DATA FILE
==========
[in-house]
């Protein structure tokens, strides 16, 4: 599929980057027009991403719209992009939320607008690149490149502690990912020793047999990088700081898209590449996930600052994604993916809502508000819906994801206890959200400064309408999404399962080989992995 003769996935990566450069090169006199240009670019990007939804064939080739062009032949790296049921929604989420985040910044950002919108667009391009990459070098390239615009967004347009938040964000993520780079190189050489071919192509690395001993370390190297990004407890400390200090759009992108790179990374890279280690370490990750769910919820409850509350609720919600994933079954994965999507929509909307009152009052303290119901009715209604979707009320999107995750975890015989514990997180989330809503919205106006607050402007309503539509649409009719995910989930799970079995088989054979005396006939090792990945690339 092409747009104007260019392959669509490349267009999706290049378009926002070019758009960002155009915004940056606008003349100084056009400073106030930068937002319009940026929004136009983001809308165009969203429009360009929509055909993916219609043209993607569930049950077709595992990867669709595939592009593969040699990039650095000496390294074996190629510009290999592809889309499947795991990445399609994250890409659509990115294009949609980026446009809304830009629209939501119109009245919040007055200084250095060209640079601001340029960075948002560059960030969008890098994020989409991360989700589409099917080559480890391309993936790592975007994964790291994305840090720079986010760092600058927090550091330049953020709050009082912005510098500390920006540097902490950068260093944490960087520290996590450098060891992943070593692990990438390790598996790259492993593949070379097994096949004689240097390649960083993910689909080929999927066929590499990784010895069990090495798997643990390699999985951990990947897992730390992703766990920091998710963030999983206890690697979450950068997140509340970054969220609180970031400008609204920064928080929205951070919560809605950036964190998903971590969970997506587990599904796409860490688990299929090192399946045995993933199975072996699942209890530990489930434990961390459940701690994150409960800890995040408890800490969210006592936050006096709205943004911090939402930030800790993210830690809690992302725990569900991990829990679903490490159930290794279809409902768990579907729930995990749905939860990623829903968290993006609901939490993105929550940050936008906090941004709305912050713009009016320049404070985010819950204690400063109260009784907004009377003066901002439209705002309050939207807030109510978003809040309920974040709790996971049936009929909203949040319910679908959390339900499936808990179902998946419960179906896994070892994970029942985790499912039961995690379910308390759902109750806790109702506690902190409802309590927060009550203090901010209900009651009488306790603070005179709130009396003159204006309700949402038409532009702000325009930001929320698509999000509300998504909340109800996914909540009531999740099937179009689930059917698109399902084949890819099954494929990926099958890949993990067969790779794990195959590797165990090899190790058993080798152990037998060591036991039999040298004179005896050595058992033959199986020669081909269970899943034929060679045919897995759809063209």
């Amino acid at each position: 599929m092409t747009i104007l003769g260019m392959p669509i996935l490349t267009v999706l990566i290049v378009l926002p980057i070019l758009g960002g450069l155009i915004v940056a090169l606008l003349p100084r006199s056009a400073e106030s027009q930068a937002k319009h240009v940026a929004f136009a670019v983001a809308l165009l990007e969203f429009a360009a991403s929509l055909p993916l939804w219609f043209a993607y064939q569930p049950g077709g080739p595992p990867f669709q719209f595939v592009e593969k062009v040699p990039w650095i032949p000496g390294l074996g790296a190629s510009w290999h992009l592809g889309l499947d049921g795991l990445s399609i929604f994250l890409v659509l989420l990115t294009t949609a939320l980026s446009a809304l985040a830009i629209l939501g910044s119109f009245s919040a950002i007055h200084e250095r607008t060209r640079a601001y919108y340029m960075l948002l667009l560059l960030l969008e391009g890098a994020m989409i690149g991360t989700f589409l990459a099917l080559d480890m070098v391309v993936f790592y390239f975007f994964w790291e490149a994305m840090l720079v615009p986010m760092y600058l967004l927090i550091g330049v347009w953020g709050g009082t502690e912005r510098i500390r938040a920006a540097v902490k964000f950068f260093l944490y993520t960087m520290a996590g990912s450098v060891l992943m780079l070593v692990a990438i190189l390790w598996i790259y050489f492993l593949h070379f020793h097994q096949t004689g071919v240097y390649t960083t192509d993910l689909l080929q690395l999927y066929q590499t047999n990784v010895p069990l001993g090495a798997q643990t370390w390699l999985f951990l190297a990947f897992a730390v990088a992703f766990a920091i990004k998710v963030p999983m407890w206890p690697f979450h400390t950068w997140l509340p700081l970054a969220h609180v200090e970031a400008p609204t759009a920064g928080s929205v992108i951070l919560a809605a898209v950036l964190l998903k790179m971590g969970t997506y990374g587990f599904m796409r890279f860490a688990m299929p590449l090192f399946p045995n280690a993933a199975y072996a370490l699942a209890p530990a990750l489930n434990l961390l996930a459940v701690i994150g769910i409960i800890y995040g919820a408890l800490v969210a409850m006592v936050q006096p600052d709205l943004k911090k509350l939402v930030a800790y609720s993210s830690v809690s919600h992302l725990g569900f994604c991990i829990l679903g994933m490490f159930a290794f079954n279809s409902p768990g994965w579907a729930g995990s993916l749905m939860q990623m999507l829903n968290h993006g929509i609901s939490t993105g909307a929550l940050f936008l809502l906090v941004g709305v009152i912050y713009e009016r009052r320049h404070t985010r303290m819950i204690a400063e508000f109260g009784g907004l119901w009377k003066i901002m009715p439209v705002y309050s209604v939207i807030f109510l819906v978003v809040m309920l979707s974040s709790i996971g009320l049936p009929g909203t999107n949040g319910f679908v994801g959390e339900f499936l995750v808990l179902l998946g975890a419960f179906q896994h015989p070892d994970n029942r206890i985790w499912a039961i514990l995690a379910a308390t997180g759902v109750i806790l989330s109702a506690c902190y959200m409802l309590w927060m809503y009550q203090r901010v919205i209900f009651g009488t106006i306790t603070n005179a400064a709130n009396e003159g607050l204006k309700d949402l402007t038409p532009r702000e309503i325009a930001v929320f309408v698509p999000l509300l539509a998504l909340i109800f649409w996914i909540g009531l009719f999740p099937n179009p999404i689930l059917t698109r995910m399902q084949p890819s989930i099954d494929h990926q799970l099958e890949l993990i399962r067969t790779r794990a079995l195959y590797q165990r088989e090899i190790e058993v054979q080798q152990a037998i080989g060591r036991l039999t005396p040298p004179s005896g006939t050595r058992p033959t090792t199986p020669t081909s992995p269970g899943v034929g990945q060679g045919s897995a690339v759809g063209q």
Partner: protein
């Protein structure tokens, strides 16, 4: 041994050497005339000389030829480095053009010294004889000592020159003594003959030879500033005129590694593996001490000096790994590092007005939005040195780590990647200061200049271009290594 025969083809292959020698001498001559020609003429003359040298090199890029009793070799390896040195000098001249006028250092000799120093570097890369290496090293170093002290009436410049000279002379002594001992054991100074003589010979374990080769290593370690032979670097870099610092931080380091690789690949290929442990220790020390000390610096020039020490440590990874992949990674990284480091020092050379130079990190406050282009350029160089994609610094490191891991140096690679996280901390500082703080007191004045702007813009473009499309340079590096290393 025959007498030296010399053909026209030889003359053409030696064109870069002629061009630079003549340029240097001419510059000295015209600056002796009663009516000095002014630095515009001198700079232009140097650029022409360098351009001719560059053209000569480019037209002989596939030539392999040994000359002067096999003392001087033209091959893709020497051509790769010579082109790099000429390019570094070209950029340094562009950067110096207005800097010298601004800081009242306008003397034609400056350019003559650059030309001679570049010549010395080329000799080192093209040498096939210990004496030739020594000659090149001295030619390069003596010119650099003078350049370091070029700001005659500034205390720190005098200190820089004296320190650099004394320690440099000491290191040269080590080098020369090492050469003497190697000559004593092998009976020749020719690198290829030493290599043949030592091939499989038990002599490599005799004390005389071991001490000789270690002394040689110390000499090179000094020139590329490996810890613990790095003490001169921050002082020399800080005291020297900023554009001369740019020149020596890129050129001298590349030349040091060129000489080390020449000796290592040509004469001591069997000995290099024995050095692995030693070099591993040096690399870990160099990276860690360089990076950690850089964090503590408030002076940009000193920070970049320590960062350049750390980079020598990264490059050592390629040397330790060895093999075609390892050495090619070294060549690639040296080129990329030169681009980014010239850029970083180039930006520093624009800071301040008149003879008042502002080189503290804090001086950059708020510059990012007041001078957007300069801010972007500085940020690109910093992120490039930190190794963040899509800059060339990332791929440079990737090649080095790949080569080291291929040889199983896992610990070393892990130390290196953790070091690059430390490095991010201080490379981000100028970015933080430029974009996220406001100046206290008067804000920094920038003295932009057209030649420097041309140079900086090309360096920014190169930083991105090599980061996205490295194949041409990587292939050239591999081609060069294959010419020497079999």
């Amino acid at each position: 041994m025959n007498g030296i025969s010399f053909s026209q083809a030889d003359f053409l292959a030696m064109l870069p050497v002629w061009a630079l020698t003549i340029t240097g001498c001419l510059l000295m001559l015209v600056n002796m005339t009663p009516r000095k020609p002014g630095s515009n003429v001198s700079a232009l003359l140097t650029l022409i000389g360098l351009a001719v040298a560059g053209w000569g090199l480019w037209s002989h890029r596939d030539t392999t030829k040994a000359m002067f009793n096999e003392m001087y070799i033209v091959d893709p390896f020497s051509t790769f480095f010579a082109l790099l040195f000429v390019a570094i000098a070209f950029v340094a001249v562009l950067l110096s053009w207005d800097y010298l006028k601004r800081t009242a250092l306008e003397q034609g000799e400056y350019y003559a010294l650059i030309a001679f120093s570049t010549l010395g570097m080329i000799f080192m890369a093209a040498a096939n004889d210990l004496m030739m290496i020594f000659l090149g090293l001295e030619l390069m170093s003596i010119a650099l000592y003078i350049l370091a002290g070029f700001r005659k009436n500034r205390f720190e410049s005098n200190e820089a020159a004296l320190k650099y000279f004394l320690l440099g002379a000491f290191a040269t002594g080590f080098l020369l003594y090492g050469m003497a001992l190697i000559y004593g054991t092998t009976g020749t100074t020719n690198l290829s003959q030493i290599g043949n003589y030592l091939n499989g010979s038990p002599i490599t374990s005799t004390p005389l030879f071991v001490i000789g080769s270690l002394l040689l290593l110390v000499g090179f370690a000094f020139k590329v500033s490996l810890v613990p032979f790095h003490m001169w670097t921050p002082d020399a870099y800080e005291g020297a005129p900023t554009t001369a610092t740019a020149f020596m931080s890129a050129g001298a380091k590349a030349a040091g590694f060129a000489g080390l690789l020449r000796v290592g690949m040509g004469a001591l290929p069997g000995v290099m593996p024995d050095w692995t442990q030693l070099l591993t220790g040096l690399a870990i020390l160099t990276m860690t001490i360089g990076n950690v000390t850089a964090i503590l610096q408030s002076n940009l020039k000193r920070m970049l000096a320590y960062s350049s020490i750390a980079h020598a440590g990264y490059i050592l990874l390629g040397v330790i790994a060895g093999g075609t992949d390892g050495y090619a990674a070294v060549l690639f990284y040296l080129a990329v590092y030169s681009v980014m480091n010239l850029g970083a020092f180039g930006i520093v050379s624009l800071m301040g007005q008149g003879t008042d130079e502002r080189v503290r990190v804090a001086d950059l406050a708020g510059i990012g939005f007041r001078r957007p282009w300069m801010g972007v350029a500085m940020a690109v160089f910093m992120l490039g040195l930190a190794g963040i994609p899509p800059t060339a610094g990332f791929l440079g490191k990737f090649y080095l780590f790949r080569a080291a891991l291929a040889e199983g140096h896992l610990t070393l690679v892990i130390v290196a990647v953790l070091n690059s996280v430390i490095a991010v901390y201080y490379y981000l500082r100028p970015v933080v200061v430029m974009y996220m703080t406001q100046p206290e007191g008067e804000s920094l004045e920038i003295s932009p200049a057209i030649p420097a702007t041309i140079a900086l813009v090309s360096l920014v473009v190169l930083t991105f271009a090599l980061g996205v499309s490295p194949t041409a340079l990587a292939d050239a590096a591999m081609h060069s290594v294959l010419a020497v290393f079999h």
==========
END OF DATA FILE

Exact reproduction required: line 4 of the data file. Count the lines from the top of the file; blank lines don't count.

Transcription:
Partner: protein